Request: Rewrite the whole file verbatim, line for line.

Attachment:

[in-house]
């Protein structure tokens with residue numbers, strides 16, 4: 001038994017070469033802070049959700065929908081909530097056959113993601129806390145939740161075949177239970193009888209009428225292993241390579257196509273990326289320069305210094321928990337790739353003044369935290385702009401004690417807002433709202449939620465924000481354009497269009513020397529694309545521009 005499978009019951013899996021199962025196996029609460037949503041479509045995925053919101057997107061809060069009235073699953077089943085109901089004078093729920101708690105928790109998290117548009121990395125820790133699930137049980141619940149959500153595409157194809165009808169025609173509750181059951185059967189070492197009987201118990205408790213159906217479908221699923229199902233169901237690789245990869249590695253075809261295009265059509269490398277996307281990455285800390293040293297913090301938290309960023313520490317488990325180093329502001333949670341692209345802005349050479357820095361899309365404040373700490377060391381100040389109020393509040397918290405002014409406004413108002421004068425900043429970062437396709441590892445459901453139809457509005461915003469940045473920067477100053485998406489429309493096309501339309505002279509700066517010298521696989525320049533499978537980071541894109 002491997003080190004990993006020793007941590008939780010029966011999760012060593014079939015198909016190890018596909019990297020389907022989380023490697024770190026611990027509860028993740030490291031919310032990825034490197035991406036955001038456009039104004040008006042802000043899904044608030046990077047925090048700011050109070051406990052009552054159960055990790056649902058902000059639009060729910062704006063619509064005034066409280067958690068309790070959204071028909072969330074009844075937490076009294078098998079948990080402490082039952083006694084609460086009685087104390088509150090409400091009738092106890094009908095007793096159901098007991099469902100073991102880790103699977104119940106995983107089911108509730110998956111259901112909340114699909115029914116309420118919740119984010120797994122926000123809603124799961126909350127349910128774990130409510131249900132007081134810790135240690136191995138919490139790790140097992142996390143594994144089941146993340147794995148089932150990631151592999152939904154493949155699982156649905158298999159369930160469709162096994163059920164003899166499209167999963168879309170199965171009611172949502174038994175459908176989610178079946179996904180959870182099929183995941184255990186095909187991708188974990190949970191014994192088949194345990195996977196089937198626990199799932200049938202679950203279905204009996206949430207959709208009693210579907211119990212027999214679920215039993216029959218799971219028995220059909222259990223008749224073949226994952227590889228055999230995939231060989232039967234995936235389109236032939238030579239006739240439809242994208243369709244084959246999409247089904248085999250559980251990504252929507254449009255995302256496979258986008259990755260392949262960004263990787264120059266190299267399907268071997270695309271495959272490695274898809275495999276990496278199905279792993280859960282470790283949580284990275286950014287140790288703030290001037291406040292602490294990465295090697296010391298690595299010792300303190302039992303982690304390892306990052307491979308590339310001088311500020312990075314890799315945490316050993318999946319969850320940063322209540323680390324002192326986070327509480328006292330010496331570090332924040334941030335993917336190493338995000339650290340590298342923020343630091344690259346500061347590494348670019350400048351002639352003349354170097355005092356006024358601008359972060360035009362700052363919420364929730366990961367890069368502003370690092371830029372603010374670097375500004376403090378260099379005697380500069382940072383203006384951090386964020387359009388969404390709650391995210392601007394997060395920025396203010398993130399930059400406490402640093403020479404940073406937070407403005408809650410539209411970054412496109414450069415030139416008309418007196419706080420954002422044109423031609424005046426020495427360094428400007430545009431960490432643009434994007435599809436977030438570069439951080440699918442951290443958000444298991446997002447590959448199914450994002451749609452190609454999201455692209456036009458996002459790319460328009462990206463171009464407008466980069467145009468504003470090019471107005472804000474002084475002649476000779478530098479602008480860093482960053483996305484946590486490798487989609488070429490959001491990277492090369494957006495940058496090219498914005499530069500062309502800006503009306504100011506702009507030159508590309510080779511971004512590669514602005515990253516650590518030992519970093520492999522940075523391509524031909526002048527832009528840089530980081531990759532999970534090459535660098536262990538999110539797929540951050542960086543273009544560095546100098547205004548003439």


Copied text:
[in-house]
């Protein structure tokens with residue numbers, strides 16, 4: 001038994017070469033802070049959700065929908081909530097056959113993601129806390145939740161075949177239970193009888209009428225292993241390579257196509273990326289320069305210094321928990337790739353003044369935290385702009401004690417807002433709202449939620465924000481354009497269009513020397529694309545521009 005499978009019951013899996021199962025196996029609460037949503041479509045995925053919101057997107061809060069009235073699953077089943085109901089004078093729920101708690105928790109998290117548009121990395125820790133699930137049980141619940149959500153595409157194809165009808169025609173509750181059951185059967189070492197009987201118990205408790213159906217479908221699923229199902233169901237690789245990869249590695253075809261295009265059509269490398277996307281990455285800390293040293297913090301938290309960023313520490317488990325180093329502001333949670341692209345802005349050479357820095361899309365404040373700490377060391381100040389109020393509040397918290405002014409406004413108002421004068425900043429970062437396709441590892445459901453139809457509005461915003469940045473920067477100053485998406489429309493096309501339309505002279509700066517010298521696989525320049533499978537980071541894109 002491997003080190004990993006020793007941590008939780010029966011999760012060593014079939015198909016190890018596909019990297020389907022989380023490697024770190026611990027509860028993740030490291031919310032990825034490197035991406036955001038456009039104004040008006042802000043899904044608030046990077047925090048700011050109070051406990052009552054159960055990790056649902058902000059639009060729910062704006063619509064005034066409280067958690068309790070959204071028909072969330074009844075937490076009294078098998079948990080402490082039952083006694084609460086009685087104390088509150090409400091009738092106890094009908095007793096159901098007991099469902100073991102880790103699977104119940106995983107089911108509730110998956111259901112909340114699909115029914116309420118919740119984010120797994122926000123809603124799961126909350127349910128774990130409510131249900132007081134810790135240690136191995138919490139790790140097992142996390143594994144089941146993340147794995148089932150990631151592999152939904154493949155699982156649905158298999159369930160469709162096994163059920164003899166499209167999963168879309170199965171009611172949502174038994175459908176989610178079946179996904180959870182099929183995941184255990186095909187991708188974990190949970191014994192088949194345990195996977196089937198626990199799932200049938202679950203279905204009996206949430207959709208009693210579907211119990212027999214679920215039993216029959218799971219028995220059909222259990223008749224073949226994952227590889228055999230995939231060989232039967234995936235389109236032939238030579239006739240439809242994208243369709244084959246999409247089904248085999250559980251990504252929507254449009255995302256496979258986008259990755260392949262960004263990787264120059266190299267399907268071997270695309271495959272490695274898809275495999276990496278199905279792993280859960282470790283949580284990275286950014287140790288703030290001037291406040292602490294990465295090697296010391298690595299010792300303190302039992303982690304390892306990052307491979308590339310001088311500020312990075314890799315945490316050993318999946319969850320940063322209540323680390324002192326986070327509480328006292330010496331570090332924040334941030335993917336190493338995000339650290340590298342923020343630091344690259346500061347590494348670019350400048351002639352003349354170097355005092356006024358601008359972060360035009362700052363919420364929730366990961367890069368502003370690092371830029372603010374670097375500004376403090378260099379005697380500069382940072383203006384951090386964020387359009388969404390709650391995210392601007394997060395920025396203010398993130399930059400406490402640093403020479404940073406937070407403005408809650410539209411970054412496109414450069415030139416008309418007196419706080420954002422044109423031609424005046426020495427360094428400007430545009431960490432643009434994007435599809436977030438570069439951080440699918442951290443958000444298991446997002447590959448199914450994002451749609452190609454999201455692209456036009458996002459790319460328009462990206463171009464407008466980069467145009468504003470090019471107005472804000474002084475002649476000779478530098479602008480860093482960053483996305484946590486490798487989609488070429490959001491990277492090369494957006495940058496090219498914005499530069500062309502800006503009306504100011506702009507030159508590309510080779511971004512590669514602005515990253516650590518030992519970093520492999522940075523391509524031909526002048527832009528840089530980081531990759532999970534090459535660098536262990538999110539797929540951050542960086543273009544560095546100098547205004548003439």